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Hailey Cemetery scans ground for unmarked graves

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Hailey Cemetery scans ground for unmarked graves
Hailey Cemetery Clerk Steve Tompkins points out the shallow depressions and bumps in the grass in the southwest corner of the Hailey Cemetery thought to be the final resting place of Chinese immigrants who worked in area mines during the late 1800s. Fires that swept through this part of the cemetery in 1938 and the early 1940s erased the wood and paper markers that are said to have marked the graves.

HAILEY - Hailey Cemetery officials don't know the identity of everyone interred on their grounds. But they do have a better idea of where their residents rest.

They got their first look Wednesday at maps of wavy lines that indicate possible burial sites

Anomalies represented by Matterhorn-type peaks amidst zigzagging lines indicate the probable presence of gravesites in the Chinese area where the cemetery board wants to build a cremation wall, a decorative pond and, possibly, a memorial. The area is thought to be the final resting place of Chinese immigrants who worked in the area mines in the late 1800s. Wooden markers for their graves were destroyed by fires that swept through part of the cemetery in the 1930s and '40s.

There were also 2,000 anomalies just southeast of the cemetery shed in the middle of the cemetery, even though there's just one marker there. And the ground in the northeast section of the cemetery contained some "definite buried objects," according to John Bradford, who heads up the Center for Geophysical Investigation of the Shallow Subsurface at Boise State University.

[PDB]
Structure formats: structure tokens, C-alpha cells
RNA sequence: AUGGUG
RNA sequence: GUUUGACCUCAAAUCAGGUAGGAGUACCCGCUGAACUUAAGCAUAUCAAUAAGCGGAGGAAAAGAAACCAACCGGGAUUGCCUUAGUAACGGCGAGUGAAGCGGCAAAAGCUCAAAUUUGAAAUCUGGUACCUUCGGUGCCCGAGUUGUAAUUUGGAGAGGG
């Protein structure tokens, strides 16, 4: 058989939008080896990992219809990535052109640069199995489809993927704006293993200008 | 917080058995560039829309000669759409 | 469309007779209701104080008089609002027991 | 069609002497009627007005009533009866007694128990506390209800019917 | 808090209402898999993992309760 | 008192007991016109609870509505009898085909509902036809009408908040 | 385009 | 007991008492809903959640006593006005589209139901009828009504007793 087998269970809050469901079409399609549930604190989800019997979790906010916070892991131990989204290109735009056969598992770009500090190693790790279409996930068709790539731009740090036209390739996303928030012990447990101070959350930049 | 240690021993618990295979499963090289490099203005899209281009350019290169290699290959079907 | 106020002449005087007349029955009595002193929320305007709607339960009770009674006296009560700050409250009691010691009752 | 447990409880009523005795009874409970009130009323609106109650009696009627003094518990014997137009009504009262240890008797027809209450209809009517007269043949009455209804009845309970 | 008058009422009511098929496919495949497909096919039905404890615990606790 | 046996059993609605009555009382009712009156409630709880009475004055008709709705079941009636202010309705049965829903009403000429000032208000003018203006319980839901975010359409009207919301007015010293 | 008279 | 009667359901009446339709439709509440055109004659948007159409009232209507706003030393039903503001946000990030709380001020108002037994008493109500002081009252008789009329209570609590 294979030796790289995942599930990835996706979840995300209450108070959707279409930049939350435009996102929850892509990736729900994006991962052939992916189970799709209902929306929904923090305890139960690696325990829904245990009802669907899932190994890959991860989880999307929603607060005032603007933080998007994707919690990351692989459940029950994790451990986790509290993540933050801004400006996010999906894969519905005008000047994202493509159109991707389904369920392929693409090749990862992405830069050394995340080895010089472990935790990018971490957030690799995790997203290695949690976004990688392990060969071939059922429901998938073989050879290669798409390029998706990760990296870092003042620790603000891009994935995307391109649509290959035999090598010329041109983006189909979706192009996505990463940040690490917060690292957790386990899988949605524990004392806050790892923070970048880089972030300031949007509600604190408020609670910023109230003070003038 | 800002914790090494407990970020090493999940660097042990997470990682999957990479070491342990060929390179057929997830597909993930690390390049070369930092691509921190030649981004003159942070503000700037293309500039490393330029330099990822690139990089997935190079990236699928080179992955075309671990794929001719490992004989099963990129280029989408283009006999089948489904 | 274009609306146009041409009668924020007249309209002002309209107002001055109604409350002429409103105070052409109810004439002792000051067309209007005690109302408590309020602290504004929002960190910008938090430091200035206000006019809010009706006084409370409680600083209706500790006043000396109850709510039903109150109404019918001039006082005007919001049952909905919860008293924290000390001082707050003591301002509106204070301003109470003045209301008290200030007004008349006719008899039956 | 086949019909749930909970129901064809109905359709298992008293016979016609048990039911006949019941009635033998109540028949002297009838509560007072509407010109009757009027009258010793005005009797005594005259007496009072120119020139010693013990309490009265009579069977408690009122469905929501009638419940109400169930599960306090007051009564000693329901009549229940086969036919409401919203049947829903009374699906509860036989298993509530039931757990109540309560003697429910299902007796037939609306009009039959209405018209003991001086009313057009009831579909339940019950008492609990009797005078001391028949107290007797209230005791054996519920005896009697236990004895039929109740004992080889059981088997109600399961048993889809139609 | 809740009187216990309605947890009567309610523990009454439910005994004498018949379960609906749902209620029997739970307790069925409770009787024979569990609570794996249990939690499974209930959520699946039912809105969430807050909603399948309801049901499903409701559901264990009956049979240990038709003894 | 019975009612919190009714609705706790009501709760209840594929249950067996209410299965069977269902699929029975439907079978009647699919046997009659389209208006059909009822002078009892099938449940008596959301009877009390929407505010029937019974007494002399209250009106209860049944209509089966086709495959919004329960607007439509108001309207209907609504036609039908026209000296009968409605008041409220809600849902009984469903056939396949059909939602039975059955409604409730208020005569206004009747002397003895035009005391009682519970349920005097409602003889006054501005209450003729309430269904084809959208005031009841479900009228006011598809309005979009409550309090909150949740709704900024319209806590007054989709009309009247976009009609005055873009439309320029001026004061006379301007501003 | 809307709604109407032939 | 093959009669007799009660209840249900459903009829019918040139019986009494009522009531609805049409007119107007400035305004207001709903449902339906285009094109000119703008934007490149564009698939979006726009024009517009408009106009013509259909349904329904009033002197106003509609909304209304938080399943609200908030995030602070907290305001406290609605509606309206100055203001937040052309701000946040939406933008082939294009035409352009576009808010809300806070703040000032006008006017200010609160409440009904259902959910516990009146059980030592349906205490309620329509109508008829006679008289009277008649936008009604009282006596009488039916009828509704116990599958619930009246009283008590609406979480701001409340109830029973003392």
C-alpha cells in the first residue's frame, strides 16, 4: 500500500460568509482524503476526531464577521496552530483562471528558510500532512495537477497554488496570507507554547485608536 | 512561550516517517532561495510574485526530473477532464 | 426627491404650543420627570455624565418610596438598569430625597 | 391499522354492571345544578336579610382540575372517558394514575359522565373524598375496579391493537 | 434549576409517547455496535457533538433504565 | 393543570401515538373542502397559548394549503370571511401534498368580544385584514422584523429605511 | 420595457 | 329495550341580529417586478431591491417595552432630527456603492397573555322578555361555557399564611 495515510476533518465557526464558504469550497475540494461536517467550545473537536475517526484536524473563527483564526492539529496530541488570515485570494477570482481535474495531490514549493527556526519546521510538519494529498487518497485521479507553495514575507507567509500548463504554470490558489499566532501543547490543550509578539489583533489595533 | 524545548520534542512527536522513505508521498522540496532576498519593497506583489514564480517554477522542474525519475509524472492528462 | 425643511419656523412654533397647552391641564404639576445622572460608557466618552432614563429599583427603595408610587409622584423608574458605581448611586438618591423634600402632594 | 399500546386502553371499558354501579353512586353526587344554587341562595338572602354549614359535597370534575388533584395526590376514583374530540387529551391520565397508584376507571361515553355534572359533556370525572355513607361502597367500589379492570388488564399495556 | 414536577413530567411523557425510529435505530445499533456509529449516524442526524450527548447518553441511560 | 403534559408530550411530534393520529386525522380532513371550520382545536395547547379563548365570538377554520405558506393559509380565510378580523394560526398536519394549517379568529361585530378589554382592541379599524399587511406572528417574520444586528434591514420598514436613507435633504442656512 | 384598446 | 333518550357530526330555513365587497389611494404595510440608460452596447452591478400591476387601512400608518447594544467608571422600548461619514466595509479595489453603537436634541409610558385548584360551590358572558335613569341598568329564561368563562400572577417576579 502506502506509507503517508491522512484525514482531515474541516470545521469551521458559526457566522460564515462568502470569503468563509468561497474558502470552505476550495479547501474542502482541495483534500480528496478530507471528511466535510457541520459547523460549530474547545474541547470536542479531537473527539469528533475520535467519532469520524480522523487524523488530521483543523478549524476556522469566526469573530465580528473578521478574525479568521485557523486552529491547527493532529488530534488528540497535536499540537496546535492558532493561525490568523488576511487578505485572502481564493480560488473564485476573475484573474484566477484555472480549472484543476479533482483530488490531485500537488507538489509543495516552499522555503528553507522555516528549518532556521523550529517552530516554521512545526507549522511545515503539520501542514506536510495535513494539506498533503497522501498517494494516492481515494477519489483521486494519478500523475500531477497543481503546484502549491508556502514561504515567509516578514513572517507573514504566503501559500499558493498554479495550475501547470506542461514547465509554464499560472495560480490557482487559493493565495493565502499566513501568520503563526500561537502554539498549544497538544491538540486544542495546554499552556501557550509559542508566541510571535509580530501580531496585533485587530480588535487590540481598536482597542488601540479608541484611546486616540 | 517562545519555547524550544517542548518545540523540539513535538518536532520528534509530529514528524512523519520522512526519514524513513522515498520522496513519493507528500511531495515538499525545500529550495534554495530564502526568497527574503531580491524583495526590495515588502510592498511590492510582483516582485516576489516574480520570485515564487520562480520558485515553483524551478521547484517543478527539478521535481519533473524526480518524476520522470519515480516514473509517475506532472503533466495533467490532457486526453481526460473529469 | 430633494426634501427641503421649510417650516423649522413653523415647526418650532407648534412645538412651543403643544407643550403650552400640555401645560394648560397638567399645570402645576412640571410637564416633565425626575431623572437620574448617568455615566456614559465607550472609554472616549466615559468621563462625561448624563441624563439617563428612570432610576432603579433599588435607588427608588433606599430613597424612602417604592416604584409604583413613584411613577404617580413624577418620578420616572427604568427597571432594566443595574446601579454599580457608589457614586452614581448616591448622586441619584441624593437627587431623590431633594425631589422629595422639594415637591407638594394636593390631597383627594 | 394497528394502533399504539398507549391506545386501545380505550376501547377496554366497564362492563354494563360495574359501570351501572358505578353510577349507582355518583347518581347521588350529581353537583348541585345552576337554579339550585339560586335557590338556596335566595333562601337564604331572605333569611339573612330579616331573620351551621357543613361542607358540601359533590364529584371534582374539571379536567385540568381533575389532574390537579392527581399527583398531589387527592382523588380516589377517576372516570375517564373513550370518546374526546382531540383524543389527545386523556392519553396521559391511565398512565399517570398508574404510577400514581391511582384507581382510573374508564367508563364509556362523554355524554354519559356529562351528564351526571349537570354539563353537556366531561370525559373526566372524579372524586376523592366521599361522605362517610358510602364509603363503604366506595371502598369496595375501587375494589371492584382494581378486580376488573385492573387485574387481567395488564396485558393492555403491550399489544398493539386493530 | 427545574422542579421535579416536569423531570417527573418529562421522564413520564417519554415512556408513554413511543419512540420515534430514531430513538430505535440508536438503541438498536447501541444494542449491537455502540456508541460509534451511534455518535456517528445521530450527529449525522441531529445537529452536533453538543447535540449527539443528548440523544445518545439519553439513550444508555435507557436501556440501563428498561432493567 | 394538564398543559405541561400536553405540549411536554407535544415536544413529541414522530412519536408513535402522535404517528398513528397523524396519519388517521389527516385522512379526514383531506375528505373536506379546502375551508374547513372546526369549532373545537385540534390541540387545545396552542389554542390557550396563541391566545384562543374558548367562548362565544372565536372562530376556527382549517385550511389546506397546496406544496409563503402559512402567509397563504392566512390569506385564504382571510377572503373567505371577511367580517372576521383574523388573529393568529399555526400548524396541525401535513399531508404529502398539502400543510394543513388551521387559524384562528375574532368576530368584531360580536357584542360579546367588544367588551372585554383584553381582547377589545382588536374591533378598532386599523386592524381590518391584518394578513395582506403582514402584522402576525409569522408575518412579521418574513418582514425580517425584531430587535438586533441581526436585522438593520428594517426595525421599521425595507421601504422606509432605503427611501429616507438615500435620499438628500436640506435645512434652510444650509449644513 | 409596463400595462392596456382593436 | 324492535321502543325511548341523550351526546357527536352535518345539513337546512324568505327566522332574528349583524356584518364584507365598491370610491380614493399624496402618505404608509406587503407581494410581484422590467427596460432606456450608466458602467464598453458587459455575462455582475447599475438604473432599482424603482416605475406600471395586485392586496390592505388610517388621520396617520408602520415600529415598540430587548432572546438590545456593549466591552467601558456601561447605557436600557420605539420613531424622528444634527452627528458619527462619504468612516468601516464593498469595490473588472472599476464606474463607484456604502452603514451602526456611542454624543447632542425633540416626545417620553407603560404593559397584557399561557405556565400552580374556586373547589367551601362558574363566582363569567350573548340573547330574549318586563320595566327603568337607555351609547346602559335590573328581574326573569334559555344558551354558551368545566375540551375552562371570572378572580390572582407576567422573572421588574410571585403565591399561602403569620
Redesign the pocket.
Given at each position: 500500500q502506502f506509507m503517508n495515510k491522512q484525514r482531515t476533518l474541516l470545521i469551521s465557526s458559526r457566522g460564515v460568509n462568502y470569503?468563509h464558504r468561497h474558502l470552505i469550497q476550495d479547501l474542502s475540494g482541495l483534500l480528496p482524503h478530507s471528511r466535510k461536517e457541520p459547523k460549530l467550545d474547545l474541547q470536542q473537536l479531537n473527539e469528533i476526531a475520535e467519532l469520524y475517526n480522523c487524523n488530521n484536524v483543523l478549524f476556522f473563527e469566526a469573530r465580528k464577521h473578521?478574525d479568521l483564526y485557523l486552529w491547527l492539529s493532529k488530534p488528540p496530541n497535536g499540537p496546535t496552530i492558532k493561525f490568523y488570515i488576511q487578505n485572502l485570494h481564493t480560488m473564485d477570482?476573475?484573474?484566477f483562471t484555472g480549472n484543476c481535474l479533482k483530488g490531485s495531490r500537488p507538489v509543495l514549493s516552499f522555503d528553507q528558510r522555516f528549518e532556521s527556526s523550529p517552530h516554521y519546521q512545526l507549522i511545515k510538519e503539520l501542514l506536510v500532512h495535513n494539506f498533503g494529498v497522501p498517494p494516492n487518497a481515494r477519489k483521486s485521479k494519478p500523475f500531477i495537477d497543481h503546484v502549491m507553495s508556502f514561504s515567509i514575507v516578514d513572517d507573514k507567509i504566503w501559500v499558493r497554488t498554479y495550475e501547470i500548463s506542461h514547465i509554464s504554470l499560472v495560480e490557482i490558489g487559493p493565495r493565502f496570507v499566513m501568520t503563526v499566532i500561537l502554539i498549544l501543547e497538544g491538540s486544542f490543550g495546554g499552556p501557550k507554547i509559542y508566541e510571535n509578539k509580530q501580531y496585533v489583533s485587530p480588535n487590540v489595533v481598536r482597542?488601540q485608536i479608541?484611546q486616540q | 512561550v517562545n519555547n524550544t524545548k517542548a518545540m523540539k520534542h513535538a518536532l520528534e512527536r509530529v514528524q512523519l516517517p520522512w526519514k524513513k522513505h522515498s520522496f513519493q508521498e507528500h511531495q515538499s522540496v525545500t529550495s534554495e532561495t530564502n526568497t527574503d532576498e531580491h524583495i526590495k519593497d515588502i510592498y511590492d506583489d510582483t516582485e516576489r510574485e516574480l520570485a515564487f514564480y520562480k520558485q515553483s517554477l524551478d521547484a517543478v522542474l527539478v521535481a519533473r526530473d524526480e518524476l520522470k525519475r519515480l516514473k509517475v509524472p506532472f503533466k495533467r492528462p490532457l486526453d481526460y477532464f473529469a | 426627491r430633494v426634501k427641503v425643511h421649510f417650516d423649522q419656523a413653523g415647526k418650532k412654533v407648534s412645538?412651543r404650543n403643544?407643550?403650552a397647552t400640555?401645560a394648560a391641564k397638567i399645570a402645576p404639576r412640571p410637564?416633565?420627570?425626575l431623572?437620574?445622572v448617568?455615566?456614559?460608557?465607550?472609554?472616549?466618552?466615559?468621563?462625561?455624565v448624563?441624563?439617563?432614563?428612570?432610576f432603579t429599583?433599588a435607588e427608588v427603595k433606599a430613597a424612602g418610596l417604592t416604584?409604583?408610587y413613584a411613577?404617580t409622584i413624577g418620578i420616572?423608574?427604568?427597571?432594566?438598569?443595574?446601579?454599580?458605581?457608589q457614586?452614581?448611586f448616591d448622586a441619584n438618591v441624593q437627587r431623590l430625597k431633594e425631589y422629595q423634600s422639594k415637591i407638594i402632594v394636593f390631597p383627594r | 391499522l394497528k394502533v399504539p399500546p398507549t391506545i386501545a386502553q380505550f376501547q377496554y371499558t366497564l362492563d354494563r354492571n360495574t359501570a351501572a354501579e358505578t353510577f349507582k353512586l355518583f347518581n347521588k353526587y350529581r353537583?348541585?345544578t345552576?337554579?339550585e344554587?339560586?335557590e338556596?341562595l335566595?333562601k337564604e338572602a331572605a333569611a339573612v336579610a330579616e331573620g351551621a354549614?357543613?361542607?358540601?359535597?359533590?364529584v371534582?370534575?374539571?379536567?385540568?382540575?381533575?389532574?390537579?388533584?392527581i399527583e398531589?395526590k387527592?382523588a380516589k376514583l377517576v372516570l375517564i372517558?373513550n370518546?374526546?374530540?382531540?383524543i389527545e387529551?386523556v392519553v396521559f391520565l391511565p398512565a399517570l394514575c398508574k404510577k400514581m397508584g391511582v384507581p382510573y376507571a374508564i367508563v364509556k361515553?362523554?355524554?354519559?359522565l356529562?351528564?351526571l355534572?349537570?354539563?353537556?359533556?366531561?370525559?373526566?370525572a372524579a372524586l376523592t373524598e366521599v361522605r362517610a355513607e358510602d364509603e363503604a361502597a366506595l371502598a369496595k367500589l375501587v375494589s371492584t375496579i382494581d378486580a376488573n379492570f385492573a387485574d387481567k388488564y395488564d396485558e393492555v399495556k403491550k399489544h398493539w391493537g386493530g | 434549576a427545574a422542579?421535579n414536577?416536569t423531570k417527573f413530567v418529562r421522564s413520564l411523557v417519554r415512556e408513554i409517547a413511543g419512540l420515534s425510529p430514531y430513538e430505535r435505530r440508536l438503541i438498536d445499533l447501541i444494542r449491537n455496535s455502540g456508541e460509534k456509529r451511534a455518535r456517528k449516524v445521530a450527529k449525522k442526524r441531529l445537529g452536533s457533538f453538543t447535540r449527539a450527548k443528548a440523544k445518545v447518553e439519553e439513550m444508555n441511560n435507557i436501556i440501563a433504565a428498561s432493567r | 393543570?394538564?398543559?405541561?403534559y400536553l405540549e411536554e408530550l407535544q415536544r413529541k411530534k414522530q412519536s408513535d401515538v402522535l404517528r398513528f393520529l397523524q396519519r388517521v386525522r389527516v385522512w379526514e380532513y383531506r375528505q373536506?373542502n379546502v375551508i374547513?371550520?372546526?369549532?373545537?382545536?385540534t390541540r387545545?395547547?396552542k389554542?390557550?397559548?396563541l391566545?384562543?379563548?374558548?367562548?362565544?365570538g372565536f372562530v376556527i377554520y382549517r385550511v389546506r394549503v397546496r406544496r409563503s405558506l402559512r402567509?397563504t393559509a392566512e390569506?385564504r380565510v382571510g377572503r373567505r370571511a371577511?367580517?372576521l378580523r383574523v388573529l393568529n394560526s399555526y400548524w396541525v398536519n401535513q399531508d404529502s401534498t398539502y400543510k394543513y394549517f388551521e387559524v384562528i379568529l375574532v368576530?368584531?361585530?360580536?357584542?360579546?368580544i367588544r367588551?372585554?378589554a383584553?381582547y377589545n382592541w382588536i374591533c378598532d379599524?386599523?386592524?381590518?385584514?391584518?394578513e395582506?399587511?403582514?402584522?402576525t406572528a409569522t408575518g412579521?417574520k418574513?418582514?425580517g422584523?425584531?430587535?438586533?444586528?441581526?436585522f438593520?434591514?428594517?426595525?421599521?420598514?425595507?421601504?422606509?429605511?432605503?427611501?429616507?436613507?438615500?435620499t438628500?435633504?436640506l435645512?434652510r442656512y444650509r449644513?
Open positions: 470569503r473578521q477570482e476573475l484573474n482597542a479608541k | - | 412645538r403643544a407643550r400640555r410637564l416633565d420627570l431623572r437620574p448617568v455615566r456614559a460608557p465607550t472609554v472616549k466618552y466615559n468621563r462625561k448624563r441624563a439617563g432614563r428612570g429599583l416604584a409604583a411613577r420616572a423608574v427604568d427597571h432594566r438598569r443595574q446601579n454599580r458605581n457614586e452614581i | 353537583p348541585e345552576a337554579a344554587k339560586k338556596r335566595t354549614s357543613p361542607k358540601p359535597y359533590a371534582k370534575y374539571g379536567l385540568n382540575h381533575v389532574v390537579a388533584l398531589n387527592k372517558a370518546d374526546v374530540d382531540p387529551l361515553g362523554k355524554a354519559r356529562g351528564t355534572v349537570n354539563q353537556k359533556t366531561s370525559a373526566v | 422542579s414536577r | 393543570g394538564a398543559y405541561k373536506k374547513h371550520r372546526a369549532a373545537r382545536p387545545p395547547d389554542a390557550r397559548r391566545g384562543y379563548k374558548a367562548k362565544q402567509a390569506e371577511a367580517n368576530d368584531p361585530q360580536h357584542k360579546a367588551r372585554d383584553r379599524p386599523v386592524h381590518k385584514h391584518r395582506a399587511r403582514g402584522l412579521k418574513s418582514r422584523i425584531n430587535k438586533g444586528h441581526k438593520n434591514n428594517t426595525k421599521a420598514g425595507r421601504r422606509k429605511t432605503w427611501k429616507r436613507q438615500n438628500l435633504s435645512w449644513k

"I can say there's a variety of locations throughout the cemetery where we recorded anomalies that don't have markers," Bradford said.

Grosvenor also noted that in the early days Hailey residents simply picked a "pretty place" under the cottonwood trees that used to grow on the site to bury their loved ones. Those graves were not organized in orderly lines but were placed "helter-skelter," he said.

The data cemetery staff and board members looked at Wednesday was the result of a ground-penetrating radiation (GPR) study that Bradford did over several days in August. Bradford and geophysics students dragged a GPR unit, which resembles a scooter pulled like a wagon, across the ground.

The GPR penetrated the ground with a signal to detect objects and subterranean holes. It recorded reflected signals in wavy variations.

Bradford said he found more than 1,000 anomalies in the southwest corner of the cemetery, which is believed to be the Chinese section. Two or three anomalies may represent the same burial site, he said, since he made several passes in close proximity.

The cemetery board commissioned the study prior to doing work in the area because board members didn't want to risk disturbing gravesites in the area.

There is some speculation, however, that the Chinese bodies might have been dug up and returned to their homeland, as was customary among the Chinese immigrants who ventured to America in search of fortune.

Hailey Cemetery Clerk Steve Tompkins said the results generally confirmed what cemetery staff thought, although it turned up possible burial sites in areas they hadn't considered.

"I wonder, too if there are gravesites outside of the fence between the cemetery and the bike path," he added.

Bradford proposed that he identify the spots with the highest likelihood of graves. It's possible Boise State's Civil Engineering class might take it on as a project at a lower cost, he added. The cemetery has already committed $12,000 for the project.

Karen Bossick may be reached at kbossick@cox-internet.com.

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